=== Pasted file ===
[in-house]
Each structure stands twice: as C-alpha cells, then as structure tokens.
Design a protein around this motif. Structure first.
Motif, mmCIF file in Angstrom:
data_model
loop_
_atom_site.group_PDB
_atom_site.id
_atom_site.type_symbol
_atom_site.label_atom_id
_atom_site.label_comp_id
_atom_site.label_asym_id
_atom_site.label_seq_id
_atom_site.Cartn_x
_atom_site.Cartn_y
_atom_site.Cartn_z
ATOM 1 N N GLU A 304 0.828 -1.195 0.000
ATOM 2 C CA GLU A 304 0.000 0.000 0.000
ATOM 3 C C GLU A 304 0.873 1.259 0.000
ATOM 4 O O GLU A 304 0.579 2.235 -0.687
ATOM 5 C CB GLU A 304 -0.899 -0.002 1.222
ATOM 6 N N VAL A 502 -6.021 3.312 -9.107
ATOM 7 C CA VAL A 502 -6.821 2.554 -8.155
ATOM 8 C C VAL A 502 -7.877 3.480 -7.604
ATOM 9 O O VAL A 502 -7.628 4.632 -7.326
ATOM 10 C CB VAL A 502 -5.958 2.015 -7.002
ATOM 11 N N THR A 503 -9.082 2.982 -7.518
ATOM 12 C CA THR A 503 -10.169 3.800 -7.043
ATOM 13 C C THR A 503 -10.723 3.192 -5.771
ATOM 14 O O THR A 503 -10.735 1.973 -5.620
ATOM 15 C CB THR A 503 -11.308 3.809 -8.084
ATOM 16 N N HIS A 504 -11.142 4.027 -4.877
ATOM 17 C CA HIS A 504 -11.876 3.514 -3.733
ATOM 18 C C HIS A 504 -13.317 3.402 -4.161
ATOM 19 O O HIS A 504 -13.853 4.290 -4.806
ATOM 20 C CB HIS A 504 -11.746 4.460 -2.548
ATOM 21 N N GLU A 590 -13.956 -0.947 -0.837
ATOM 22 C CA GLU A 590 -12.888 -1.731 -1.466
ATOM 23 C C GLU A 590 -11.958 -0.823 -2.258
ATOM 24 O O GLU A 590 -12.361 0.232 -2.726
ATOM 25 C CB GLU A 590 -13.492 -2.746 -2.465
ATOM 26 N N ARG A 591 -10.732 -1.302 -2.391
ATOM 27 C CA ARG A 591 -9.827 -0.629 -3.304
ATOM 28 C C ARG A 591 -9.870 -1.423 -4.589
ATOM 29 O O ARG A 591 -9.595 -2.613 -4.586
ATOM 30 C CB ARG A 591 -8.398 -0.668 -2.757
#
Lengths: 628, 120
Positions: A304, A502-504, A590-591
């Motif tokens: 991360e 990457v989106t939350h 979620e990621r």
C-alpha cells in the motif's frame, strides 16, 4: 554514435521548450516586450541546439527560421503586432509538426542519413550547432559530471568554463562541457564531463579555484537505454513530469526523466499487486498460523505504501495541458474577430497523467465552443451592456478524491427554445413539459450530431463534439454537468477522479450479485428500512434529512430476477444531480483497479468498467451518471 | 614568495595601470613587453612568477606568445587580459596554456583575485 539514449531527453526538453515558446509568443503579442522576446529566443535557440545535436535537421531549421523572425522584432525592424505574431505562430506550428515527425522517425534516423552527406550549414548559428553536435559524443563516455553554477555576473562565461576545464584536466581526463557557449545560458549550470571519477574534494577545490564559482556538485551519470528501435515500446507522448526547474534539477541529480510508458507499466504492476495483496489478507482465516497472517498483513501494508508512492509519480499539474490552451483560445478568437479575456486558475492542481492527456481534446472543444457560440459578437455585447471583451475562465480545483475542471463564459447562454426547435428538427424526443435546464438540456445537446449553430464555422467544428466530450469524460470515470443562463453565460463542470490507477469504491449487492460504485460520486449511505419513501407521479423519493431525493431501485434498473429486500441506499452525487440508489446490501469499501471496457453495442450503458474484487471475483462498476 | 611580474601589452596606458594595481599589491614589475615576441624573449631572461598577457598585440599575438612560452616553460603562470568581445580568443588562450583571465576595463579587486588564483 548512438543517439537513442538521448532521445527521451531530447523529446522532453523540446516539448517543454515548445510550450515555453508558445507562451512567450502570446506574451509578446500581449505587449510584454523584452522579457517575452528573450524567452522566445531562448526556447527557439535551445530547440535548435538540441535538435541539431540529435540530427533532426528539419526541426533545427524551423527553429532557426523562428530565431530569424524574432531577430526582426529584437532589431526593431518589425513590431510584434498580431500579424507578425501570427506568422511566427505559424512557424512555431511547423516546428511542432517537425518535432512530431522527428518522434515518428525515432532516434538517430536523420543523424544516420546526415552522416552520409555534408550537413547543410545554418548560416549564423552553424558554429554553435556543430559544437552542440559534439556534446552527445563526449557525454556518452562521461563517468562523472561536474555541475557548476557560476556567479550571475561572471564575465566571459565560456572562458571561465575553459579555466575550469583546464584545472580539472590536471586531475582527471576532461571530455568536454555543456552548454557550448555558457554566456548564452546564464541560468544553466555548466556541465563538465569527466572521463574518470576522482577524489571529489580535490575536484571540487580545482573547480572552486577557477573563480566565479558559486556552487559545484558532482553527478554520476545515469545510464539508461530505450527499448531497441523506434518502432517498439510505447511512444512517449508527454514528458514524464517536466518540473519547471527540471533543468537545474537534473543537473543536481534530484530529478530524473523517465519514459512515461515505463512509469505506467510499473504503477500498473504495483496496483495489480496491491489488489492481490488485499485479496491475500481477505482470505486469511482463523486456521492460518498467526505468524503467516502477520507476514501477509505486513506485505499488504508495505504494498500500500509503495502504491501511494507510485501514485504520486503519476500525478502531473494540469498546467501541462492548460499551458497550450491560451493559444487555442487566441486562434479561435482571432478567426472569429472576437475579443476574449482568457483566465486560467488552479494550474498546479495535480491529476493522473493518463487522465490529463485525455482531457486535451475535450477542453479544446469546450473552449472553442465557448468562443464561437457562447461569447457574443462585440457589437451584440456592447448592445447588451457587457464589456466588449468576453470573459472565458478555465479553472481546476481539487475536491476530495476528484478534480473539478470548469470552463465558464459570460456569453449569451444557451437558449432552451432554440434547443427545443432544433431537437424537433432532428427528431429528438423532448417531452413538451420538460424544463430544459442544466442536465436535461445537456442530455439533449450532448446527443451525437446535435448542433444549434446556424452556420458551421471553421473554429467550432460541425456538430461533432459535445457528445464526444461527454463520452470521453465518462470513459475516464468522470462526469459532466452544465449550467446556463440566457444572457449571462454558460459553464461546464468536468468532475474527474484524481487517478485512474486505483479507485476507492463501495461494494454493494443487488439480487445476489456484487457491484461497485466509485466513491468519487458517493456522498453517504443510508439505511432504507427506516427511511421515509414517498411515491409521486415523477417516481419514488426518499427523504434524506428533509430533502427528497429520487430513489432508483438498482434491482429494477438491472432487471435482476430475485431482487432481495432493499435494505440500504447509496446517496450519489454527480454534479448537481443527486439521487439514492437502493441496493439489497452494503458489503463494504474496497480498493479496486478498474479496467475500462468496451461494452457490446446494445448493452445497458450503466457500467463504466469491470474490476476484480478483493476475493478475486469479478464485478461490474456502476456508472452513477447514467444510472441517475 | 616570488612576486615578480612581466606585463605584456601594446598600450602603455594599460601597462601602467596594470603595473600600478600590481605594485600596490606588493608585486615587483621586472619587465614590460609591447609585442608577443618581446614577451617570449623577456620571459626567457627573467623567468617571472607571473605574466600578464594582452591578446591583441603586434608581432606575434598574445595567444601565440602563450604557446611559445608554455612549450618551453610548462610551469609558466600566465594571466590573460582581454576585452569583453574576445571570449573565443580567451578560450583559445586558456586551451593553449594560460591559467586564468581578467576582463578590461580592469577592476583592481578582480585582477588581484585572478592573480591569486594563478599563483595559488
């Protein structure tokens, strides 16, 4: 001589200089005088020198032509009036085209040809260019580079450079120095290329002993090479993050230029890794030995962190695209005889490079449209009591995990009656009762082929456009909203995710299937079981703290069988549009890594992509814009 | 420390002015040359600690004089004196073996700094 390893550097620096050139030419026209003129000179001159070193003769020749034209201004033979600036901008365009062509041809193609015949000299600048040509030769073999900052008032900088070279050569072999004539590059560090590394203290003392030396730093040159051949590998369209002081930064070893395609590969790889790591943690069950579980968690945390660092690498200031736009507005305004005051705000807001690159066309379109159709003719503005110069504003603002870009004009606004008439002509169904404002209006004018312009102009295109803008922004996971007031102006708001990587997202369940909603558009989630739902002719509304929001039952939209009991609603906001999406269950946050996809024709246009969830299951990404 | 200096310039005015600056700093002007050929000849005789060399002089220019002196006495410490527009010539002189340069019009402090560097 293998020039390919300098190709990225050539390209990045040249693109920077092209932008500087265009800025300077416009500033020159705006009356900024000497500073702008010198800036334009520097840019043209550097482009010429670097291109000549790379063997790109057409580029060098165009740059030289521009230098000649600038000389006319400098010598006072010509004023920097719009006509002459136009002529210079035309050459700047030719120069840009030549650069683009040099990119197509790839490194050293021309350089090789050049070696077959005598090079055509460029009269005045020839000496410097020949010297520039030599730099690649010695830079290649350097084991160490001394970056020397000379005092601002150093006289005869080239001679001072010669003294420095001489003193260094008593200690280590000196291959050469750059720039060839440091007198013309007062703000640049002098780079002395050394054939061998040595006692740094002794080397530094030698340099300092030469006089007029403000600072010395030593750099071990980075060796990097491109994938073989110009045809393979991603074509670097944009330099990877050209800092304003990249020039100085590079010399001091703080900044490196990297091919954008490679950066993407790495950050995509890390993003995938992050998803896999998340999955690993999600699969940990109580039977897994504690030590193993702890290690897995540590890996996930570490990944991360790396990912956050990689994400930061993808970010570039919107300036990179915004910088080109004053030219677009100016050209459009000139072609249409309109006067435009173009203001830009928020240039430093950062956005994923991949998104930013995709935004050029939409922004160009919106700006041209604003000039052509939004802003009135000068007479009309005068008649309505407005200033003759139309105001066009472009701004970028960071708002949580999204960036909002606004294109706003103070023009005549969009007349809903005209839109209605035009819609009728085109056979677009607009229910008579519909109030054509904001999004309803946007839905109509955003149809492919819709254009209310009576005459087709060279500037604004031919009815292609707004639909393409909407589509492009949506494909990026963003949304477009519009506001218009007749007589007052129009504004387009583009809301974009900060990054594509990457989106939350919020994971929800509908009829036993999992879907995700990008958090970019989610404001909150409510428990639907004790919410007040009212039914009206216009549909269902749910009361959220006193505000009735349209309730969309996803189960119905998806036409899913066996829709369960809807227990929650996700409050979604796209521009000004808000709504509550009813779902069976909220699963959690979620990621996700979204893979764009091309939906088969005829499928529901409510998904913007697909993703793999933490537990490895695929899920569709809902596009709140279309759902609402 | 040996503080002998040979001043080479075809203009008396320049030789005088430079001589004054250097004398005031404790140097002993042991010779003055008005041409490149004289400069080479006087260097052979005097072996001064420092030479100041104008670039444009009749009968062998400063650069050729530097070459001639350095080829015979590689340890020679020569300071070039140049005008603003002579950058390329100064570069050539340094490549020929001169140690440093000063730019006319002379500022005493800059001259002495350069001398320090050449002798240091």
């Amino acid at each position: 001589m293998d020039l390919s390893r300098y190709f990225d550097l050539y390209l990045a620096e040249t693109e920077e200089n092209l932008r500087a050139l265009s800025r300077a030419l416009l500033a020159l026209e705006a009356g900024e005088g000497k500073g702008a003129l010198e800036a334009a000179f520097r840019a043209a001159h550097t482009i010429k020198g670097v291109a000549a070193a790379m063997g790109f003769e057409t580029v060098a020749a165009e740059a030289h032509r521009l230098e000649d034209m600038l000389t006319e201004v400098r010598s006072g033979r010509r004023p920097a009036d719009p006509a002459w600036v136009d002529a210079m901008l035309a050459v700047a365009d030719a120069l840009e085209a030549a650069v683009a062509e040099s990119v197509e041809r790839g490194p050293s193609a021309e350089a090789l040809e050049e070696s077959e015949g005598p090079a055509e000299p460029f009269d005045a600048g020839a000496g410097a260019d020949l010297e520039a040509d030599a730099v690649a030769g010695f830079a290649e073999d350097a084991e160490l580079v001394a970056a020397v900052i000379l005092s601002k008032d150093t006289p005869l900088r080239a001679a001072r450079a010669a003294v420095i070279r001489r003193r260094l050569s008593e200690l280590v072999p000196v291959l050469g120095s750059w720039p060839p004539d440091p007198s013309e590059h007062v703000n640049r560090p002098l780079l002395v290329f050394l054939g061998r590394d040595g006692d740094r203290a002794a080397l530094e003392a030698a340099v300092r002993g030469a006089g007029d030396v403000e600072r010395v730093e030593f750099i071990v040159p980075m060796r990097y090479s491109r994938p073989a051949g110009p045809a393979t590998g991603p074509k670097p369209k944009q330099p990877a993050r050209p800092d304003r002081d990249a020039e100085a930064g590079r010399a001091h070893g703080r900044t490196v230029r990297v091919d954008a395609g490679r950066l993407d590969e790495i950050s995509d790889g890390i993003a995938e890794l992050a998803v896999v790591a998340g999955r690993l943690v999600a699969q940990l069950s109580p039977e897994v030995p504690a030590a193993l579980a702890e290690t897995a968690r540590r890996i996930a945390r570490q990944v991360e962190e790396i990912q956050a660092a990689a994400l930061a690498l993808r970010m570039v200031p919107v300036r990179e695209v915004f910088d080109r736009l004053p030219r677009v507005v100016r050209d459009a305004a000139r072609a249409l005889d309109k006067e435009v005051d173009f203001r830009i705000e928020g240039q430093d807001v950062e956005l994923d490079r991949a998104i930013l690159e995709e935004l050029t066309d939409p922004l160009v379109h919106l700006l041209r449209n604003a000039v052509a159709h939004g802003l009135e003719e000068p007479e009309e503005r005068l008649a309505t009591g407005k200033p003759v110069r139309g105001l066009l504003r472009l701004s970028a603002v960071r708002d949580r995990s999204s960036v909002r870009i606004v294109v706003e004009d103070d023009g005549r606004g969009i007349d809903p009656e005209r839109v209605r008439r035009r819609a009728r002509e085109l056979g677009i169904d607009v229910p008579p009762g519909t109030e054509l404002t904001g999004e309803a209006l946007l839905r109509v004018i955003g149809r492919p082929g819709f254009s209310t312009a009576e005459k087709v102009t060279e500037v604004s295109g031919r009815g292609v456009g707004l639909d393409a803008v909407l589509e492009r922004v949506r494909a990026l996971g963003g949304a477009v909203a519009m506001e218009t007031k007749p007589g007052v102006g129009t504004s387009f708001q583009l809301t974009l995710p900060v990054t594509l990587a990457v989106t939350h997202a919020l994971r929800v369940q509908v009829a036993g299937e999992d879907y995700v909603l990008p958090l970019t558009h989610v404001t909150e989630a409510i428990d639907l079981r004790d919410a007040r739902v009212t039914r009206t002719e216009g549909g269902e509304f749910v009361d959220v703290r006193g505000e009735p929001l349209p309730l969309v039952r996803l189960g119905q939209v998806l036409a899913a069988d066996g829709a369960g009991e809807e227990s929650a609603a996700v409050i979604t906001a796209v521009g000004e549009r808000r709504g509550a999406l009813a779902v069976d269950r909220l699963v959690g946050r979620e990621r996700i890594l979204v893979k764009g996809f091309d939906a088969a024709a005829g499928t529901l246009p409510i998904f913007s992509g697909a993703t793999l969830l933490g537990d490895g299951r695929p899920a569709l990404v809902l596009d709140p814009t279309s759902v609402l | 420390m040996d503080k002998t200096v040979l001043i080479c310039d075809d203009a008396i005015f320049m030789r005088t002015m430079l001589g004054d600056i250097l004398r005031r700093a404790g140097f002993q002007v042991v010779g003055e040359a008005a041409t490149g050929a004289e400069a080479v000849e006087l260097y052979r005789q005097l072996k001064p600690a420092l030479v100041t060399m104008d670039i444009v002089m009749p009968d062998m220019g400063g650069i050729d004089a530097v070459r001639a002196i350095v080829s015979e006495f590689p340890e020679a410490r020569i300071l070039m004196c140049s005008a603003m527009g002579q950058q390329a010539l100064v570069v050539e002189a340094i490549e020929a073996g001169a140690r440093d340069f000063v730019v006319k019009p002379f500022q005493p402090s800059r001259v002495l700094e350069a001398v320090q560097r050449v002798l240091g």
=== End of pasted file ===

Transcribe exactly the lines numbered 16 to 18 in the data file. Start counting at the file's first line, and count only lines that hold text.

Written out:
_atom_site.Cartn_z
ATOM 1 N N GLU A 304 0.828 -1.195 0.000
ATOM 2 C CA GLU A 304 0.000 0.000 0.000